STOCKTON — Ten youth offenders graduated with a marketable job skill after completing the first Pre-Apprentice Construction Labor Program at the N.A. Chaderjian Youth Correctional Facility.
After completing six months of preparation, the young men were certified for construction work and possible union membership, according to the Stockton Record.
The youth-offenders were trained in welding, carpentry and ironwork. They were taught how to drive forklifts, dig holes, form and pour cement.
“In California, you can work and get an abortion without parental consent at 12, but you must be 21 to buy a vaping device.” Reason Magazine December 2017 REASON.COM
Program graduates are eligible to sign up at a union hall in California once they parole. They can also apply to have their union dues paid for a year by the California Department of Corrections and Rehabilitation Division of Juvenile Justice (DJJ).
“I was looking forward to going to the penitentiary,” said Luis Huerta, 18, a program graduate.
“64% of California’s jail population is awaiting trial or sentencing as of December 2016.” Most remain in pretrial custody because they cannot afford bail. Jail Profile Survey, http://www.bscc.ca.gov/
Huerta told the Stockton Record that he saw life as getting out of prison, selling drugs and possibly ending up back in prison or dead. He requested that he be sent to the penitentiary, but instead the program staff encouraged him to give the pre-apprenticeship a try.
“Now that I think about it, I have something positive to look forward to,” Huerta said. “If I stay positive, positive things will come my way so why go negative? I’m going to try my best to be successful.”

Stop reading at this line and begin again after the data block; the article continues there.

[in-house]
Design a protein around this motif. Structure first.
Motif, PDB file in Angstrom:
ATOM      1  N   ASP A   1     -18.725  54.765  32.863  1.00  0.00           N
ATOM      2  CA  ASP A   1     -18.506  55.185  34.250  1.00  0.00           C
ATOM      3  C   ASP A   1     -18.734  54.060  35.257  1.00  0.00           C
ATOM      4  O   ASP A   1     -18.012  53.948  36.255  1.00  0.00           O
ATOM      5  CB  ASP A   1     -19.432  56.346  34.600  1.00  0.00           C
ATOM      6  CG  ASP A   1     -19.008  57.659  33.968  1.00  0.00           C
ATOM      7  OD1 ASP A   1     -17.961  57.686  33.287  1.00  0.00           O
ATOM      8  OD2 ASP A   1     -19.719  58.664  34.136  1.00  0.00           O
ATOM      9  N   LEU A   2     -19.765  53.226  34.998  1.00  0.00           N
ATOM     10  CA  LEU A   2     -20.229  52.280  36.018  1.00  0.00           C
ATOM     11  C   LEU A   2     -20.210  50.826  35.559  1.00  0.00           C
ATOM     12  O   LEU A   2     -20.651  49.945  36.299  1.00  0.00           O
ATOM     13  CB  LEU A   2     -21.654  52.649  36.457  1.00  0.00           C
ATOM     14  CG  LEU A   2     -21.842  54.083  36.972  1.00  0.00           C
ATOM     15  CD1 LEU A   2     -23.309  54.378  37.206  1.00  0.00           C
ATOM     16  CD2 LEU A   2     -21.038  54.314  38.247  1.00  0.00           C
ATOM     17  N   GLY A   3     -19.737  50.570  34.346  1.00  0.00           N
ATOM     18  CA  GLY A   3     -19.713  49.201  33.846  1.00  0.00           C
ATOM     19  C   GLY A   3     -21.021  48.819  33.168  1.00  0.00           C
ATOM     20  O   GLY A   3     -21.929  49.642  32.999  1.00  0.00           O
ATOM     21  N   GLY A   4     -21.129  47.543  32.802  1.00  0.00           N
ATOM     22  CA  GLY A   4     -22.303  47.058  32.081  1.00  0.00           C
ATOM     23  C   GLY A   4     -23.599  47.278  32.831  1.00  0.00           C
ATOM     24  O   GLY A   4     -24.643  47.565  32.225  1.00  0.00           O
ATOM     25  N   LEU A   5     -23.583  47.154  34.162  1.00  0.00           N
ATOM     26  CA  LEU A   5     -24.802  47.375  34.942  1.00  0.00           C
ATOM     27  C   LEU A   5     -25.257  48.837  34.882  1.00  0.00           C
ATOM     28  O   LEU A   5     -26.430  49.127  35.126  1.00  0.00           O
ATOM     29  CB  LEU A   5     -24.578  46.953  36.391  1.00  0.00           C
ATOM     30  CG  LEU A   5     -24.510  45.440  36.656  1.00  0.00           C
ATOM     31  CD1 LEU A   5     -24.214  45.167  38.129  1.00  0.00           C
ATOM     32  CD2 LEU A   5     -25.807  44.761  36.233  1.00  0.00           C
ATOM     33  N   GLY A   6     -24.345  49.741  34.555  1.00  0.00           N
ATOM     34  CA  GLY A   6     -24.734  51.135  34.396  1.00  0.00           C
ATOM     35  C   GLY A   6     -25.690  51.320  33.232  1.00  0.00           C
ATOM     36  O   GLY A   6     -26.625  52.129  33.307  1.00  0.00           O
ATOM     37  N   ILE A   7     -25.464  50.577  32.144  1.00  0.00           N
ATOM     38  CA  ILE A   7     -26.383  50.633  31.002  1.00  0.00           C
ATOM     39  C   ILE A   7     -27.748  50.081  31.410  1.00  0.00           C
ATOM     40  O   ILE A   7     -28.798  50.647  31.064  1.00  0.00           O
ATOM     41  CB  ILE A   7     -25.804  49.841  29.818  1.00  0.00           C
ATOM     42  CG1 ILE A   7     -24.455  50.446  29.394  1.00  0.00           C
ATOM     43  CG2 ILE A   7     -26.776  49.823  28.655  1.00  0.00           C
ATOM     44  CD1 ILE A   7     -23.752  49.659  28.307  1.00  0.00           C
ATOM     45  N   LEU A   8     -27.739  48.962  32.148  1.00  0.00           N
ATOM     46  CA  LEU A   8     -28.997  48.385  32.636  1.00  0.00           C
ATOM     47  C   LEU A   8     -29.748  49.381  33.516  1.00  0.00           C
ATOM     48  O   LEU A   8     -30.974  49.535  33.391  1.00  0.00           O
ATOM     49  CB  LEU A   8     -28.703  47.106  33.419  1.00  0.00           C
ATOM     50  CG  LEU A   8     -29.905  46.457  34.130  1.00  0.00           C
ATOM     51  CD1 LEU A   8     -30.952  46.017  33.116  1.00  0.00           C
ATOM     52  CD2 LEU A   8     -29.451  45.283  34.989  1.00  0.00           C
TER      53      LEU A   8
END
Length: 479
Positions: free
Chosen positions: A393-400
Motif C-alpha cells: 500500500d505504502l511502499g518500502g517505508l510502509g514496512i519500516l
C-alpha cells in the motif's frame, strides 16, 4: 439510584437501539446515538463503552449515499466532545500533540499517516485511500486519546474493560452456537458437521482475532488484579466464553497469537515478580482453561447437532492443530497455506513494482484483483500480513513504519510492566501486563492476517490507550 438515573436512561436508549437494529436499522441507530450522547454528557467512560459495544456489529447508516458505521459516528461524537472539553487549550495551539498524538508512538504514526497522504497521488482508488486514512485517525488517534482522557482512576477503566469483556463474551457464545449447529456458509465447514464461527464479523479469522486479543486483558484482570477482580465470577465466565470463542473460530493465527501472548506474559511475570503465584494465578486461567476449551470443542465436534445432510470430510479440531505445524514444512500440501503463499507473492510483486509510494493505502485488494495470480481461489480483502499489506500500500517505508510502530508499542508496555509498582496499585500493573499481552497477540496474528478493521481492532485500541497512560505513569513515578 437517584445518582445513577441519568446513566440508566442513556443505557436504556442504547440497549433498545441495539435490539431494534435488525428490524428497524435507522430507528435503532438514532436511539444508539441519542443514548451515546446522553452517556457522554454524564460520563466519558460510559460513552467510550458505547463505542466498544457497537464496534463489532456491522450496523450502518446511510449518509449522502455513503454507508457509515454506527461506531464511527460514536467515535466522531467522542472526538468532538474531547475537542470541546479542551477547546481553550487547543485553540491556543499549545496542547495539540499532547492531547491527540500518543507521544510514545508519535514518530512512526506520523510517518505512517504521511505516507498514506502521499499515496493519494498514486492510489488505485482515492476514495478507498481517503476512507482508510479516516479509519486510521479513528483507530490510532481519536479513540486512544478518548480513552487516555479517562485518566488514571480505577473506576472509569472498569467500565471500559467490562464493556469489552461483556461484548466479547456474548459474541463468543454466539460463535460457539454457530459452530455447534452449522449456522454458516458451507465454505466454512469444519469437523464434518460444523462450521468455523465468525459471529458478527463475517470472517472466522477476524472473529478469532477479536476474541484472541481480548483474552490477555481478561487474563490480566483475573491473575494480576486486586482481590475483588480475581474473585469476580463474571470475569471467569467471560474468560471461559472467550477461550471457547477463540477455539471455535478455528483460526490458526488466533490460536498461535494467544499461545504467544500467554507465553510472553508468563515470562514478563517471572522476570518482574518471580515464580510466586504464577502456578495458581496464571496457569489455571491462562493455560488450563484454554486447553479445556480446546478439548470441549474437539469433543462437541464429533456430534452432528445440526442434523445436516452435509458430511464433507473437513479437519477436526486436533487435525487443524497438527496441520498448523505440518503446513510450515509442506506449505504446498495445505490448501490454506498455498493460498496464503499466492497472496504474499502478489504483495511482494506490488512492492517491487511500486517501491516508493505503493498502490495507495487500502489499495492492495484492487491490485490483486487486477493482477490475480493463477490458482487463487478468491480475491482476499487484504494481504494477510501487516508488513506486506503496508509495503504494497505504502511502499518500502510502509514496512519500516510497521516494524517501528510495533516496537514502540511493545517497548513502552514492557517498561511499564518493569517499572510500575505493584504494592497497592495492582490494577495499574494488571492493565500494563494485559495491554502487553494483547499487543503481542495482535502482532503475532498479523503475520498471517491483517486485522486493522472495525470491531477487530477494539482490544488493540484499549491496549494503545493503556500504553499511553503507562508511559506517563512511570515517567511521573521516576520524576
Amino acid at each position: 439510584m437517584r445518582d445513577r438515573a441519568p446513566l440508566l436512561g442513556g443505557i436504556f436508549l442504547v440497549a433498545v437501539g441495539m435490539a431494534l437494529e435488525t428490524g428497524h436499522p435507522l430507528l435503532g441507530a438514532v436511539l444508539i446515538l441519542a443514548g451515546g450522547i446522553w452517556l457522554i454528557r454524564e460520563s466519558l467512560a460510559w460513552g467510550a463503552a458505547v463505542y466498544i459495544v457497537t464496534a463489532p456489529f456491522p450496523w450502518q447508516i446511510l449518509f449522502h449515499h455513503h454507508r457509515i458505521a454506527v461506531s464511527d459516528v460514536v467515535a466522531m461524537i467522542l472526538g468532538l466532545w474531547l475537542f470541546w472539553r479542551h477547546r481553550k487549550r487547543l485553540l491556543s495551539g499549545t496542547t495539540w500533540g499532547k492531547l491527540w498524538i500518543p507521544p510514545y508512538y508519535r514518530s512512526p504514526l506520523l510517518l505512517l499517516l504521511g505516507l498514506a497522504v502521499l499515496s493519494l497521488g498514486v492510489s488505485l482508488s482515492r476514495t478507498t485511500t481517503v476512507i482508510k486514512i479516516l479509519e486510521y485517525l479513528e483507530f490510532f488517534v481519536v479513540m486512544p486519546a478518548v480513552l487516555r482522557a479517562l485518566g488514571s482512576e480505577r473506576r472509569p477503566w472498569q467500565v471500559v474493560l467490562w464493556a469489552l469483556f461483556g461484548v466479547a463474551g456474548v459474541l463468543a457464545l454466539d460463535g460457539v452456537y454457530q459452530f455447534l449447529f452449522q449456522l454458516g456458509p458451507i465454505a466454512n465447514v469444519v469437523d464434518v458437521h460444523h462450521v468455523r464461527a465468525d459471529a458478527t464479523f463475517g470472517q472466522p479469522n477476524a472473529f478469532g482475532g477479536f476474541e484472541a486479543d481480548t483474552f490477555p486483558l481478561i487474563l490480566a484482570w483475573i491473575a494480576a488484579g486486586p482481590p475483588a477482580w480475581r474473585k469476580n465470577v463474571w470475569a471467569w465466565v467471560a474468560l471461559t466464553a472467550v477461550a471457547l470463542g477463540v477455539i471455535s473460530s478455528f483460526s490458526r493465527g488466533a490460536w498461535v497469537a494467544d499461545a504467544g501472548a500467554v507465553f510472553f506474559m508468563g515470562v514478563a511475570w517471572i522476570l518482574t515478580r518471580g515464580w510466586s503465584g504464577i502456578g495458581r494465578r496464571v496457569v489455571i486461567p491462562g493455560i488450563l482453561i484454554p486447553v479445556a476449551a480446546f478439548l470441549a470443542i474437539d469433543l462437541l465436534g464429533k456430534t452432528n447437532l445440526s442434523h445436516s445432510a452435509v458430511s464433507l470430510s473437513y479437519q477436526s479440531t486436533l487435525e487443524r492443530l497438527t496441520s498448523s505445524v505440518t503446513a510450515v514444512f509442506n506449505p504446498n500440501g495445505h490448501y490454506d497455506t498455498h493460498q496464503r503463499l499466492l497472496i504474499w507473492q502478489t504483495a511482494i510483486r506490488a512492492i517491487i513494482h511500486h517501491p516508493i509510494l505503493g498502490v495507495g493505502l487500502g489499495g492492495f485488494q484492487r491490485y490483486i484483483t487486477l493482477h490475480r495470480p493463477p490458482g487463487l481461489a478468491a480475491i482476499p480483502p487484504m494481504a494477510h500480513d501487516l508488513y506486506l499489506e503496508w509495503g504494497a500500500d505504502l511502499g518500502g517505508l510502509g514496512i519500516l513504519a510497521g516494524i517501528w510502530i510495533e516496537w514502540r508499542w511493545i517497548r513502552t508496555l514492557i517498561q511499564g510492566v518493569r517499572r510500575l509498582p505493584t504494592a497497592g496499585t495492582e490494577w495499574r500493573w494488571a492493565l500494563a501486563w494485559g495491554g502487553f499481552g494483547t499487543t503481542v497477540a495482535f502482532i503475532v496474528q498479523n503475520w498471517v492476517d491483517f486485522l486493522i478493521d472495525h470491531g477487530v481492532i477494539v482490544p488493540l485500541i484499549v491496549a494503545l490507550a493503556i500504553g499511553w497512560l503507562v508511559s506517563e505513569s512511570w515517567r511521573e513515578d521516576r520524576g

Charles Pattillo, general manager of California Prison Industry Authority, partnered with the facility and California trade unions to bring the program to the Stockton facility.
“The public needs to understand that everyone, whether juvenile or adult, just about everybody is going to get out of prison eventually, and it’s incumbent upon us to make sure these folks don’t come back to prison in any way shape or form,” Pattillo said. “Investing in programs like this is probably the surest way to guarantee they don’t return.”
The program costs about $160,000 a year to operate and DJJ makes an additional $1,500 investment once an offender is released, Pattillo said. In comparison, it costs between $100,000 and $200,000 per juvenile offender to keep them incarcerated, reported the Stockton Record.
The program is rigorous. Roy Borgersen, an ex-offender who now instructs inmates, has the men toil in the rain. “I tried to kill them,” he said.
“There are over 4,800 legal restrictions facing people with convictions after sentence completion…73% of these legal barriers are permanent.” “SAFE AND SOUND: …” by Californians For Safety and Justice Nov. 2017
The young students would get upset and talk back to him but they never quit. The unions don’t want lazy employees, Borgersen told the Stockton Record, so it is especially important for him to teach them to work hard.
Graduate Jonathan Hernandez-Sanchez, 20, who sees a future in the concrete demolition business, said he made his mother proud as he received his certificate.
“He only has me, and I only have him,” said his mother, Yvette Sanchez, who moved to Sacramento from Los Angeles to be closer to her son. “I need to make sure to be there for him for all his important moments. I’m very proud to be able to be here with him.”